The study of personality in animals is a relatively new field but even so, behavioural syndromes have shown to be widespread in spiders. Royauté et al. (2015) used Eris militaris, a rather handsome bronzed-coloured jumping spider to test for personality changes when subjected to sublethal doses of an organophosphate insecticide. The merit in this paper is that it represents a step change to studying the toxicity of insecticides on non-target invertebrates which has in the past relied on very basic LD50 tests and lethal doses. Interestingly, it was only females that showed any effect on movement and prey capture which indicated to the authors that effects may still be present even when population-wide behavioural shifts remain undetected. Sublethal effects are likely to be short-lived but even so, it would be interesting to know how this impacts agroecosystems, particularly if the insecticide strategy is for prophylactic use.
A global method for calculating plant CSR ecological strategies applied across biomes world-wide
Pierce, S., Negreiros, D., Cerabolini, B. E. L. et al. (2016)
Under the influence: sublethal exposure to an insecticide affects personality expression in a jumping spider
Royauté, R., Buddle, C. M. and Vincent, C. (2015)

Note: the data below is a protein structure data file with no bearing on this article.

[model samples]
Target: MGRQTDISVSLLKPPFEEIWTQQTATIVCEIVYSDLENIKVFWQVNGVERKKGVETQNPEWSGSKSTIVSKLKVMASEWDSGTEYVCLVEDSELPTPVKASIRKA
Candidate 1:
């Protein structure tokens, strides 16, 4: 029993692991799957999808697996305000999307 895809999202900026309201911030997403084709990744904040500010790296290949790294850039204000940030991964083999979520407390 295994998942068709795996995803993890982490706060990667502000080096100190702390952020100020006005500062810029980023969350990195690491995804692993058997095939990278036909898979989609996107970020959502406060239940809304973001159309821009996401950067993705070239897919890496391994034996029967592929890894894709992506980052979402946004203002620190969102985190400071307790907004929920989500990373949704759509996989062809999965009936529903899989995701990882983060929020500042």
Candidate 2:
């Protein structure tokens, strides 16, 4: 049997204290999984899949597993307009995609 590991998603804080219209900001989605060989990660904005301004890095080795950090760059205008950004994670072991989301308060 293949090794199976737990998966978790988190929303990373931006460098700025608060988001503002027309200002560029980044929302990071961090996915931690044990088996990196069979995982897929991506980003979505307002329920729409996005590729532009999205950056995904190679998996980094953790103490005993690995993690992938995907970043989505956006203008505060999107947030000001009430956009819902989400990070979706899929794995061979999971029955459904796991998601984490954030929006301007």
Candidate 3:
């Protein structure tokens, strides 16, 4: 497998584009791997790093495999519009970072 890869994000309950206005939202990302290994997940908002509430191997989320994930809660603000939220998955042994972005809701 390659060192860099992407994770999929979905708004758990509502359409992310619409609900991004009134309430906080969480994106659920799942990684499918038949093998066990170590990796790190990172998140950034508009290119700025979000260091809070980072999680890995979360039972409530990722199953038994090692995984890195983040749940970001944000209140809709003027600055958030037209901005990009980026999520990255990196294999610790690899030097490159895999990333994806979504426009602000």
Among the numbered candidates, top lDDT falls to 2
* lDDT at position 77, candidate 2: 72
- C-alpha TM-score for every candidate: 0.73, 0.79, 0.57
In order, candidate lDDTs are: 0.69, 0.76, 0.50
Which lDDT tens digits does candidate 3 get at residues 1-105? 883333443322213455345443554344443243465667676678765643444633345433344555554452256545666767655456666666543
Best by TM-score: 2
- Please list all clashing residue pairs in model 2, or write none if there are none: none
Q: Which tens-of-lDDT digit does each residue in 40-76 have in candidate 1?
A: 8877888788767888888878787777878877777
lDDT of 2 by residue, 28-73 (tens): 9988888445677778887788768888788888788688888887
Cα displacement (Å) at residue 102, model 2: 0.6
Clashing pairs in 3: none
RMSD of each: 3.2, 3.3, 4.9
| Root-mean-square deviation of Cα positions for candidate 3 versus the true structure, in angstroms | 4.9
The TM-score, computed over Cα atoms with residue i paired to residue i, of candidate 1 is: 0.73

Timing of reproduction and egg quality covary with temperature in the insectivorous Barn Swallow, Hirundo rustica
Saino, N., Romano, M., Ambrosini, R., Ferrari, R. P. and Møller, A. P. (2004)
These papers encapsulate what I see as some of the most promising directions to gain deeper insight into the assembly of ecological communities. Kraft et al. (2015) and Craine & Dybzinski (2013) revisit topics that have long been known to shape ecological communities: ecological filtering and resource competition, respectively. Synthesising recent gains in understanding, they sharpen the meanings of these concepts, with the goal of gaining new insight. Eisenhauer et al. (2013) take a complementary but also profitable approach via manipulative experimentation. Most ecological communities are composed of wide-ranging long-lived organisms. By manipulating microbial communities in microcosms, Eisenhauer et al (2013) operationalise the ever-slippery concept of the ecological niche, and evaluate the relationships between niche dimensionality, invasibility and diversity. If we are to effectively conserve, manage and restore ecological communities, we will need further conceptual and experimental work.